Prison Term Policy

Submitted By shanjenk13
Words: 1391
Pages: 6

Prison Term Policy Recommendation Paper
June 6, 2011
Julie Molloy
Shannin Jenkins

I want to get your prepared for the maximum prison time for armed robbery. Yes you heard right its doubling now. You might think it is crazy but in all reality, it is the best so that it will teach lessons. I would say this could be an overwhelming opinion one way or another in the statehouse, to argue for your stance, or to be able to tell the same electorate why you have changed your mind. I want to make sure everyone understands that prison time DOES NOT reduce recidivism unless the jail term is longer than 5 years. Anything that makes a sentence lesser will not make the streets any safer even if people feel safer because they feel that others are being locked up longer. Armed Robbery is a very serious crime in all the states in the United States of America. I would have to say that everyone treats this crime to be very important and about everyone member of the judicial branch will not take is lightly even if this case was to come before him or her. In most situations, it does require consideration of several factors:

1. Armed Robbery as a state law, where the felon will be imprisoned for trying to take property that belongs to someone else.
2. In most cases, federal laws regarding the possession of either an illegal firearm or a firearm by someone who is not allowed to have one.
3. State laws regarding owning the firearm.

I would have to say that now there are multiple laws that criminals could be held and tried for which everyone of these add considerably to the amount of time he or she will serve in prison. This problem will then arise but most people think it is not beneficial to society to put every criminal in jail as long as others. Everyone gets a different time in jail. In some cases, these laws are juggled about so that someone who is willing to cooperate with the police and prosecutors can admit guilt to one of them for a shorter sentence. Alternatively, in a truly hard-core case, those same police and prosecutors are allowed to charge the criminal with every law they can find to hold the person responsible for everything they can and to keep them out of the community to keep the residents of the state feeling a little safer. At this time, the prison populations around the country are increasing much faster than the rate of new felony convictions are. Convictions are rising around 18% from 1992 to 2002, while the number of people in prison increased by 59% (Mauer, 702). Part of this may be answered by the large number of states that enacted “three strikes and you’re out” laws during the 1990’s. In California, that alone has caused an increase in the prison population to where there are now 8,000 people (among a prison population of around 1.2 million) serving terms of 25 years to life (Mauer, 702). Mandatory convictions for drug related arrests probably also increased this number, especially at the Federal level.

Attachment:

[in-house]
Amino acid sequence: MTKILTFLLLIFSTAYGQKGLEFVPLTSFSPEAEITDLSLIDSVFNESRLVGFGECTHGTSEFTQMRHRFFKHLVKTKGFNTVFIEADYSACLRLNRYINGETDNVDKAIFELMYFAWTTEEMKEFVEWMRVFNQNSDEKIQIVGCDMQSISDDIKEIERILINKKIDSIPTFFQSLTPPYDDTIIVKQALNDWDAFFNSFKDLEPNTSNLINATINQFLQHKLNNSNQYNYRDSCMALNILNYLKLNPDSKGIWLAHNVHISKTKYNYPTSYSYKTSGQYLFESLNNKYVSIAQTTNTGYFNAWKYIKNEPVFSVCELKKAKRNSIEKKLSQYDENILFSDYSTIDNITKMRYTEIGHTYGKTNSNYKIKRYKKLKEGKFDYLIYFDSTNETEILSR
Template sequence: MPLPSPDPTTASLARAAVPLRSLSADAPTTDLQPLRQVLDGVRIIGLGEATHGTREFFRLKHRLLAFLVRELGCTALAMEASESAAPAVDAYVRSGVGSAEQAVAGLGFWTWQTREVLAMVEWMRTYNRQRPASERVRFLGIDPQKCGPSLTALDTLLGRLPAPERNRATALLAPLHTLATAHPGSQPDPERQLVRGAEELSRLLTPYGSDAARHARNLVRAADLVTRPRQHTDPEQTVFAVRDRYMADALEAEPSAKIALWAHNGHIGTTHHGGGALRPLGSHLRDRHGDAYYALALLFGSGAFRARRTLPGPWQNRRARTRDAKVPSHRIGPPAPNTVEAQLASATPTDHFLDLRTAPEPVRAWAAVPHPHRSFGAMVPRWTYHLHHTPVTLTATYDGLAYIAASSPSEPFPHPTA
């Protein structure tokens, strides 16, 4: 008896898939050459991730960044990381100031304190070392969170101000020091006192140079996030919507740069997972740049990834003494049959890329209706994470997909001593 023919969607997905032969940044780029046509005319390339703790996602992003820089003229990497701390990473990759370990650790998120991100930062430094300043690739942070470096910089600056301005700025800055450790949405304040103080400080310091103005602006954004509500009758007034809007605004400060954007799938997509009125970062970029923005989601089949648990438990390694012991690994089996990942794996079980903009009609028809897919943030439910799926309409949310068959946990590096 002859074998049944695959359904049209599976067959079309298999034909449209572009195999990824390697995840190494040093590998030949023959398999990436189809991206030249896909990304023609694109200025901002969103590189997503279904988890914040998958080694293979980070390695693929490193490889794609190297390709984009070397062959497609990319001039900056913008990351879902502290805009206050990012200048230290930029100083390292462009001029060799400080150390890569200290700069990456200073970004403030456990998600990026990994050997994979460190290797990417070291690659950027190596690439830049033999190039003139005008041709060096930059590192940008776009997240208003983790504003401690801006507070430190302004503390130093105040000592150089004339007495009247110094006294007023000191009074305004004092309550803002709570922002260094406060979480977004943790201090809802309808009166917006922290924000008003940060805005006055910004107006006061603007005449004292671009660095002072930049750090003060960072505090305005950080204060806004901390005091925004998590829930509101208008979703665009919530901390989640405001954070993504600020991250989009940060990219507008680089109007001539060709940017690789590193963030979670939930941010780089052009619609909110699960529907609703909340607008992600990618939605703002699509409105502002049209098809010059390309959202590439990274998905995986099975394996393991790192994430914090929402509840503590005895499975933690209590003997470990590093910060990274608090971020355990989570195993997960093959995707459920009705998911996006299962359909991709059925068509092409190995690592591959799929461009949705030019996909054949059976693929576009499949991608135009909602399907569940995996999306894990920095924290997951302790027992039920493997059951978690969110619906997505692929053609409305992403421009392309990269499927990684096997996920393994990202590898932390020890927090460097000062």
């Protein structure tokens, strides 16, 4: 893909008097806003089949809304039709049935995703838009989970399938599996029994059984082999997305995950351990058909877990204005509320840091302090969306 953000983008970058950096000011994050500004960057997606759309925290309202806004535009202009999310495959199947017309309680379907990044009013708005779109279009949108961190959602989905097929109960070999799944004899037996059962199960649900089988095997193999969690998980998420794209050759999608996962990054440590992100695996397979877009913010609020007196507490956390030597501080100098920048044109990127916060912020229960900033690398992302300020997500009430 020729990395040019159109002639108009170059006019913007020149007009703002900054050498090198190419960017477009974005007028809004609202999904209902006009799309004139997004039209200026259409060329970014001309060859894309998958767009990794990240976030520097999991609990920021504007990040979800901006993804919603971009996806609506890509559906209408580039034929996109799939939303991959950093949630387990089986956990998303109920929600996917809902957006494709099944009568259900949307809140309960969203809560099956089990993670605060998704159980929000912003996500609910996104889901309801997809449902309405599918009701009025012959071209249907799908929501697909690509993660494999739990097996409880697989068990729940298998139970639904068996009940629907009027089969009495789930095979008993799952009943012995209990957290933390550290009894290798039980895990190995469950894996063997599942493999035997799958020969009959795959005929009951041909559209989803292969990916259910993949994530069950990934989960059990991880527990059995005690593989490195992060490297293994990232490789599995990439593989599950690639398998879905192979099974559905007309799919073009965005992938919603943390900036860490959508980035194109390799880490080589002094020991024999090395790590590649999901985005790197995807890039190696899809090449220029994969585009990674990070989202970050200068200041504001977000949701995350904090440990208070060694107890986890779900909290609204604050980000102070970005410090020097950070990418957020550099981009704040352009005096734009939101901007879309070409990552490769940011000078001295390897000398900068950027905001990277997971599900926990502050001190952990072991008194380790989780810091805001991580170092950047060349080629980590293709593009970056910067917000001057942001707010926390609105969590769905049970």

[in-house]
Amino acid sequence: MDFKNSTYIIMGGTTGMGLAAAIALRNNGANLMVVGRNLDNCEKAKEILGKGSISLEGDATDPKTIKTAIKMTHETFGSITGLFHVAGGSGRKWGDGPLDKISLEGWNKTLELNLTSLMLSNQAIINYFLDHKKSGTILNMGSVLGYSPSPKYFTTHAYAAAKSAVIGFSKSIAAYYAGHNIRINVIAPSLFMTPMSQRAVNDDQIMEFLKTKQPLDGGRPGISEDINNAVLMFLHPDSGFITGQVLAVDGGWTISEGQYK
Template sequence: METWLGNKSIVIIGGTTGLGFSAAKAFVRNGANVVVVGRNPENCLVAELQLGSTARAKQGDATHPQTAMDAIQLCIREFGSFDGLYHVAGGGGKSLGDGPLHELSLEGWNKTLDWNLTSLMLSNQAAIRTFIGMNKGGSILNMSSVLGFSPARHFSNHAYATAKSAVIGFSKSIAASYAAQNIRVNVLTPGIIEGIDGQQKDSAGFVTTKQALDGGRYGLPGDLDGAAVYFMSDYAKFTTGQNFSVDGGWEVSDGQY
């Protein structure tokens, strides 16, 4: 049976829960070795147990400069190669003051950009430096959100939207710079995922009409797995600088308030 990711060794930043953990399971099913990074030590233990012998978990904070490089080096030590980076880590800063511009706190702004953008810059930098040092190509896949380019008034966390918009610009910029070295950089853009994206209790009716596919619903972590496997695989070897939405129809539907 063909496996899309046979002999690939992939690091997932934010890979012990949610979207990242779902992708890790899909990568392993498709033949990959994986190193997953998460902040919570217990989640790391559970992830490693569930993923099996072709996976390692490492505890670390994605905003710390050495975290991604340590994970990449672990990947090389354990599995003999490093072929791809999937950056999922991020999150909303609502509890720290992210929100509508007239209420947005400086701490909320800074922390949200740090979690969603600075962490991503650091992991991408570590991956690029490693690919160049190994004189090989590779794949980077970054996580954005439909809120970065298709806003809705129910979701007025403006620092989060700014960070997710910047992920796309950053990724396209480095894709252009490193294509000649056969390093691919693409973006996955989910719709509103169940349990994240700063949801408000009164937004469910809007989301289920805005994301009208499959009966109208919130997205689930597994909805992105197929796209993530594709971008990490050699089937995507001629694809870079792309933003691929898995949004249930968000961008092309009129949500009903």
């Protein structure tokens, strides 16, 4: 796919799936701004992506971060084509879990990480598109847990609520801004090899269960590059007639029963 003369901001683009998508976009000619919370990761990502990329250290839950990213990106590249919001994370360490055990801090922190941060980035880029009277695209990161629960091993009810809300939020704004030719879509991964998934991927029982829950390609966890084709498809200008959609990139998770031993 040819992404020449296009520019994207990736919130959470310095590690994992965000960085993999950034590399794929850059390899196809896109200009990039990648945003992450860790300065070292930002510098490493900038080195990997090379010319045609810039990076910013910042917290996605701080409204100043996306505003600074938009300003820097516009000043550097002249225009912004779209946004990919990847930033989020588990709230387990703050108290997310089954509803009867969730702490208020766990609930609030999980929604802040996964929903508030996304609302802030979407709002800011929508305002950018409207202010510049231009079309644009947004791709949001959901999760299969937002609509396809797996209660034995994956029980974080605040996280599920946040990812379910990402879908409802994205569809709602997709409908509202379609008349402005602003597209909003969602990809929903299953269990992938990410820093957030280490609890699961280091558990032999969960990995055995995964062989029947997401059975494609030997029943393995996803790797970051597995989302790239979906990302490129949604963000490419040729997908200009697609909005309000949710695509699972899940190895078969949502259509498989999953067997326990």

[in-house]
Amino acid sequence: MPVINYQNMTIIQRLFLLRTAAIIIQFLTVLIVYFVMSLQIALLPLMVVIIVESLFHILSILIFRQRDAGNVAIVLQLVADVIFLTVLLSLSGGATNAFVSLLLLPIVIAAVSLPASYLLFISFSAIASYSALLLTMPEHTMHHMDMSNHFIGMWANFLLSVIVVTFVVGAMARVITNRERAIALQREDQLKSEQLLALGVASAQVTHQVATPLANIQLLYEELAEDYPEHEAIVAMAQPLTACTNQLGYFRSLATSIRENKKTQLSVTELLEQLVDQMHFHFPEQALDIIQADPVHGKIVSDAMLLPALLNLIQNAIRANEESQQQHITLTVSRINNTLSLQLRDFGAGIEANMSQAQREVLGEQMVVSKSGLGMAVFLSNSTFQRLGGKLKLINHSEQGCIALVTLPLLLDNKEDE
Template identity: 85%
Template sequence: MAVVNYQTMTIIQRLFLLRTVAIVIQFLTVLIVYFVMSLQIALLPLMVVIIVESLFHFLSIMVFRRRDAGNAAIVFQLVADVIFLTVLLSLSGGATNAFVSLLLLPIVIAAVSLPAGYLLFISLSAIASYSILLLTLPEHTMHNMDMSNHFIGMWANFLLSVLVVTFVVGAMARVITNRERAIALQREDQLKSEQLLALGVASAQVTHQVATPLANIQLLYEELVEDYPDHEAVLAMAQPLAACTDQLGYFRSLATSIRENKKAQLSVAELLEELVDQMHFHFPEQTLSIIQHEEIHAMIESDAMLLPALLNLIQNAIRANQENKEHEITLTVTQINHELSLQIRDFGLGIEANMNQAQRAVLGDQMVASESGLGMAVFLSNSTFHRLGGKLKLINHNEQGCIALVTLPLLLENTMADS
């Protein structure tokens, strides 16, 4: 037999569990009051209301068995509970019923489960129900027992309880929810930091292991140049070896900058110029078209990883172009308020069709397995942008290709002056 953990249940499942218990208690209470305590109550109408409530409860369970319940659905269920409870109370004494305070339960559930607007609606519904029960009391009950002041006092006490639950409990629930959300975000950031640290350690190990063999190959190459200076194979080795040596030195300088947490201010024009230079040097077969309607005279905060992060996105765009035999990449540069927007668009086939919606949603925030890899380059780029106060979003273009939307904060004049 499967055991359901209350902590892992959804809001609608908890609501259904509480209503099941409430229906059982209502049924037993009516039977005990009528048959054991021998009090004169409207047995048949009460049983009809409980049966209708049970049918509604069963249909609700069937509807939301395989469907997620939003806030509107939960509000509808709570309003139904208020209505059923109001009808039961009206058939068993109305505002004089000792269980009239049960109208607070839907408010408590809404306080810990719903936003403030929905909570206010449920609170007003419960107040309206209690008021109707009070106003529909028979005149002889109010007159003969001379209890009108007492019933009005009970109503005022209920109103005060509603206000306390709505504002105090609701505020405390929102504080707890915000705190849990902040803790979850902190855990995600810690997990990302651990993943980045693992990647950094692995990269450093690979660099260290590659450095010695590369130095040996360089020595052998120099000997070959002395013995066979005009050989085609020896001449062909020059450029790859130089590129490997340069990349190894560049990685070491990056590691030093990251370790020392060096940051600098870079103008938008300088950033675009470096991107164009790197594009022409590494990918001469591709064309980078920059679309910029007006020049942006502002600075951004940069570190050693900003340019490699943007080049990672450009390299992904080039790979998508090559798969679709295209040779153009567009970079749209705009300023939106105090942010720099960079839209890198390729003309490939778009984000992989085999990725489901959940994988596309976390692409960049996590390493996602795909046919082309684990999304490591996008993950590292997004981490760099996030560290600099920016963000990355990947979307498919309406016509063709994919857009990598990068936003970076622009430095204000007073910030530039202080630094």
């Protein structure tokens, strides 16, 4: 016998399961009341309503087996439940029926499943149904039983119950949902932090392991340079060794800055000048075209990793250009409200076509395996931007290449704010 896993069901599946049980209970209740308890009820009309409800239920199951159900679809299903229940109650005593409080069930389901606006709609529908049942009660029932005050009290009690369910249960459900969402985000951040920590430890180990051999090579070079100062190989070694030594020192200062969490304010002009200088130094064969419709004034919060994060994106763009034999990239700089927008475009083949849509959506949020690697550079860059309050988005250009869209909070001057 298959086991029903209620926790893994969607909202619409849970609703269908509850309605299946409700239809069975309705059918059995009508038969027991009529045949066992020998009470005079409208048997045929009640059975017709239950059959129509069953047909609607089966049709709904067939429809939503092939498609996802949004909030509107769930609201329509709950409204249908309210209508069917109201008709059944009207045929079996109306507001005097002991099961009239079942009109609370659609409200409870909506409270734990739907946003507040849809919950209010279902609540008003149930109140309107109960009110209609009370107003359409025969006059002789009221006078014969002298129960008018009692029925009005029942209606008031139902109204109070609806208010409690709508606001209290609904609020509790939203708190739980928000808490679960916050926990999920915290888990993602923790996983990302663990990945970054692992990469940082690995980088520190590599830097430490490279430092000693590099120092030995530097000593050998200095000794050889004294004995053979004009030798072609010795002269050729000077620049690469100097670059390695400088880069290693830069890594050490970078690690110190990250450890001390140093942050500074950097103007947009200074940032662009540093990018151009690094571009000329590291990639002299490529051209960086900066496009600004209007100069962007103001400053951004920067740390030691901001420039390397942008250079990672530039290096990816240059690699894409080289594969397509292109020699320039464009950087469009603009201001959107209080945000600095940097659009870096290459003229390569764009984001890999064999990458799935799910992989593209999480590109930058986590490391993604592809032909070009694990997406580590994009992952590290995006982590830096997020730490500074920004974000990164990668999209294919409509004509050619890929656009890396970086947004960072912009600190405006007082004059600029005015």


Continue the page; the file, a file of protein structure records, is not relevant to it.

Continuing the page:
As noted at the beginning, the only time studies show a reduction in recidivism is when the jail term is longer than five years. “[T]he most comprehensive data on recidivism from the Department of Justice demonstrate that while recidivism rates are high—two-thirds of released prisoners are rearrested within three years of release—there is no significant difference among people spending anywhere from one to five years in prison. Only after five years do recidivism rates begin to decline somewhat …” (Mauer, 703). Realize that this reduction may be entirely due to the aging of that population. Older people supposedly commit fewer crimes, whether they have been in prison before or not. Now we talk about those individuals that are older and have been to prison, there is a huge debate ongoing as to whether or not why return to prison because they are bad criminals, or if they just caught more than often (Marvell). We do know this: “After peaking around the